When I wrote last week’s blog about Antoni Gaudí, I started thinking about the artists that have influenced me with regard to my painting style. A couple of names came to my mind, not all of them were famous artists. Some influences were more obvious than others.
All of my teachers have influenced me, along with my painting buddies. Being with them on painting trips and seeing first hand how they work certainly has an effect on my painting style. The agreement on a painting location can create a mutual influence. We look for a place that excites all of us. Sometimes, a choice might suddenly provide an image you would have missed on your own. I enjoy looking at the focus each of us picked for their painting. Sometimes, the the similarities are astonishing, other times everyone picked a different part of the scene in front of us. While witnessing each other’s struggles and successes as well as during the day’s reflection, you get new ideas and insights.
There are many examples in art history where painters have influenced each other to help each other grow. However, I don’t want to talk about my contemporaries today but about the masters who have inspired me. I have already mentioned Frida Kahlo and Emily Carr in one of my May posts. This time I am looking at the four other painters who have inspired me.
|Waterlilies, acrylic on canvas, 18" x 24"|
First of all there is Claude Monet. I love the light and colours in his paintings. I admire that he painted the same subject over and over again to study the change in appearance at different times of the day and season. This is something that fascinates me whenever we return to Kamouraska. No matter how often I paint a certain scene, it always looks different due to the quickly changing light and the tides.
However, when I took a workshop on his way of painting, I realized that I did not enjoy his technique at all. I gained immense respect for his use of small, thin, yet visible brush strokes which give the illusion of movement, but had a hard time staying patient while using the short brush strokes. It was hard to put the colours next to each other without blending them.
|Ottawa Valley, acrylic, 16|" x 20"|
Then there is Vincent van Gogh. I just love his bright colours and the wild movement in his paintings. His strong brushstrokes let you feel the energy and passion van Gogh put into his paintings.You can feel the urge he had to express himself through his art. This is an energy I would like to put into my paintings because this energy is what the viewer feels when he looks at the finished painting.
|The Front, acrylic on canvas, 22" x 28"|
When I was introduced to Joseph Mallord William Turner, the “painter of light”, I was captivated by the luminosity of his skies. Since then the design of my skies became very important to me. I particularly enjoy his technique of painting layers over layers with very loose brush strokes creating lots of movement. His technique is especially useful whenever I only have short periods of painting time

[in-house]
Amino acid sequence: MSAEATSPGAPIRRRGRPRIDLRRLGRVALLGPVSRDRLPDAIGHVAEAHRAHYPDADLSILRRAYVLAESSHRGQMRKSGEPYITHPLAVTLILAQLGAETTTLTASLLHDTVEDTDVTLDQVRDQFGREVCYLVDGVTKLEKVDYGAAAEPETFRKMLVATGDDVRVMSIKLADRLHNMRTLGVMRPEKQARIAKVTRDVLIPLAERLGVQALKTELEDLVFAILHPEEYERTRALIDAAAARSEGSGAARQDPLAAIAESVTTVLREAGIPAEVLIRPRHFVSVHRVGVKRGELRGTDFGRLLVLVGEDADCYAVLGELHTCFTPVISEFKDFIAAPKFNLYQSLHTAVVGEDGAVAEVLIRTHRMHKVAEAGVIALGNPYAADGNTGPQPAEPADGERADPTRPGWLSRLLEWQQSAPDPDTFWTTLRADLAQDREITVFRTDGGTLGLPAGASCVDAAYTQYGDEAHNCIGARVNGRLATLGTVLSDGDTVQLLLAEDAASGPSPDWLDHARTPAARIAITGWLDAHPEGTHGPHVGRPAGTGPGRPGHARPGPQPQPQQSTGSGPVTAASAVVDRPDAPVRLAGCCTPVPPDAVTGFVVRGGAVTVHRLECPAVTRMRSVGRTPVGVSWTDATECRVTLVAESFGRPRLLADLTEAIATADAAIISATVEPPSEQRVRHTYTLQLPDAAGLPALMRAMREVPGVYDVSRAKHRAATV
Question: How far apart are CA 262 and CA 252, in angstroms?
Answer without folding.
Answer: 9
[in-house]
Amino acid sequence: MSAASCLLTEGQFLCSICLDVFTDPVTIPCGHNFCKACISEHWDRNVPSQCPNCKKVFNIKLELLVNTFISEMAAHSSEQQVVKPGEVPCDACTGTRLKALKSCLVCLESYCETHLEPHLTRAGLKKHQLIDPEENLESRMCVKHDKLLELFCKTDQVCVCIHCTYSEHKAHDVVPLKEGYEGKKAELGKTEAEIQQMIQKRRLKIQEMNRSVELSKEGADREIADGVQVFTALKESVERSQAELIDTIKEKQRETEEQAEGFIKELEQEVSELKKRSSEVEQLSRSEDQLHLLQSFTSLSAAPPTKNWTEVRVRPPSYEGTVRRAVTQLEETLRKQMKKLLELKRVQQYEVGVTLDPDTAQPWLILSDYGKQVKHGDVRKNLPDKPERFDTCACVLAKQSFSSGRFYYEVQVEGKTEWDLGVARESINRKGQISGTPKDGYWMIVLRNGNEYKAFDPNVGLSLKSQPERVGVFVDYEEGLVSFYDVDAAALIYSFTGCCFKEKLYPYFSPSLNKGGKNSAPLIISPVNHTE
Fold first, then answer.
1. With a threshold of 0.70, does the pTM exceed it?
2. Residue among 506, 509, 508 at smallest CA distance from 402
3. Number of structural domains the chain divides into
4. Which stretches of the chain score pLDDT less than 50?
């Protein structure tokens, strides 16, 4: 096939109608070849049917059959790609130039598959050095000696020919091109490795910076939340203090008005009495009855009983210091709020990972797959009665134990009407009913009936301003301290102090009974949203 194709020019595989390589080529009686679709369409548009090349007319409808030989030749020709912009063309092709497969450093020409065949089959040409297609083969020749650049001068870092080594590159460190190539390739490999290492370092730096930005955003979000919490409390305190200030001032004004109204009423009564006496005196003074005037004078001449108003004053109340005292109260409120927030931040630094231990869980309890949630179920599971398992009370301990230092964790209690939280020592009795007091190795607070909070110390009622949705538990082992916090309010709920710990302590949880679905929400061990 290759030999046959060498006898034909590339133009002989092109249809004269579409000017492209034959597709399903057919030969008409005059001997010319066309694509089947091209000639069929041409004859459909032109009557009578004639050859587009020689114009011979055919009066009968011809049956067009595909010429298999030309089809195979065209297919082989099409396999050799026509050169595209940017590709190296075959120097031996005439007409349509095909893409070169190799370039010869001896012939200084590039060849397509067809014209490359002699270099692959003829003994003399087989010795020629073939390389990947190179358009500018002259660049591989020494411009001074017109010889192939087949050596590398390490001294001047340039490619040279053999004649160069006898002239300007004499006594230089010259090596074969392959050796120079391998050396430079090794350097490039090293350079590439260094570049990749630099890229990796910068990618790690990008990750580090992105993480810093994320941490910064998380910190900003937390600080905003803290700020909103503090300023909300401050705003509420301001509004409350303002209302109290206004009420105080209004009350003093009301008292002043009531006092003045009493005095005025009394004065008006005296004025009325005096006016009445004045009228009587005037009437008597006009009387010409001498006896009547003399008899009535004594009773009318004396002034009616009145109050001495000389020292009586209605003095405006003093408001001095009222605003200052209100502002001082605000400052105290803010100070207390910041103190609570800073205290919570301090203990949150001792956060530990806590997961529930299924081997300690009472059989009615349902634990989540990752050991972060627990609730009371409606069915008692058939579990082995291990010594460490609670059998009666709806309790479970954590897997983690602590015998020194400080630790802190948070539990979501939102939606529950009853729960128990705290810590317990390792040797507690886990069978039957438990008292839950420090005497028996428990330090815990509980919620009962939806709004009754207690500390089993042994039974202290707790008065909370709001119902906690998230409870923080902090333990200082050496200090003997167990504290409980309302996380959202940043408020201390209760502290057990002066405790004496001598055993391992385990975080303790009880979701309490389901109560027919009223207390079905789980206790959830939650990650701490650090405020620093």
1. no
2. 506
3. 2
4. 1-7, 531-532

|The Red Tree, acrylic on board, 8" x 10"|
Last but not least, there is Tom Thomson. When I paint outside with my painting buddy Janis, it takes me a lot longer than her to capture a scene. This is due to our different temperaments and painting styles. What I learned during a Tom Thomson workshop is that he used his time on site to capture the essence of the scene with quick thick
strokes. He did not aim for a finished painting. If he liked a certain scene, he went back to his studio and painted it on a larger canvas. This was a big revelation for me, one I have to remember constantly. It is easy to forget sticking to the essence when you are confronted with an overload of impressions. I love the energy that is captured especially in his sketches with the help of bright colours, and thick brush strokes which express movement.
Even though the four painters have different painting styles, they all managed successfully to capture the essence of a scene and the energy of the moment. They completely immersed themselves in the process of painting so that you can feel the physical sensation they felt when they painted their pieces. This is something I aim for: to be fully in the moment, to simplify a scene to keep the focus on the things that are important. An image is so much more powerful when you keep the big picture in mind by eliminating the small and unimportant stuff.
I am always open to learn something new. Incorporating new techniques or materials into my art helps me to grow and hopefully keeps my art from growing stale. It is a life-long process and I am excited about new possibilities and challenges.
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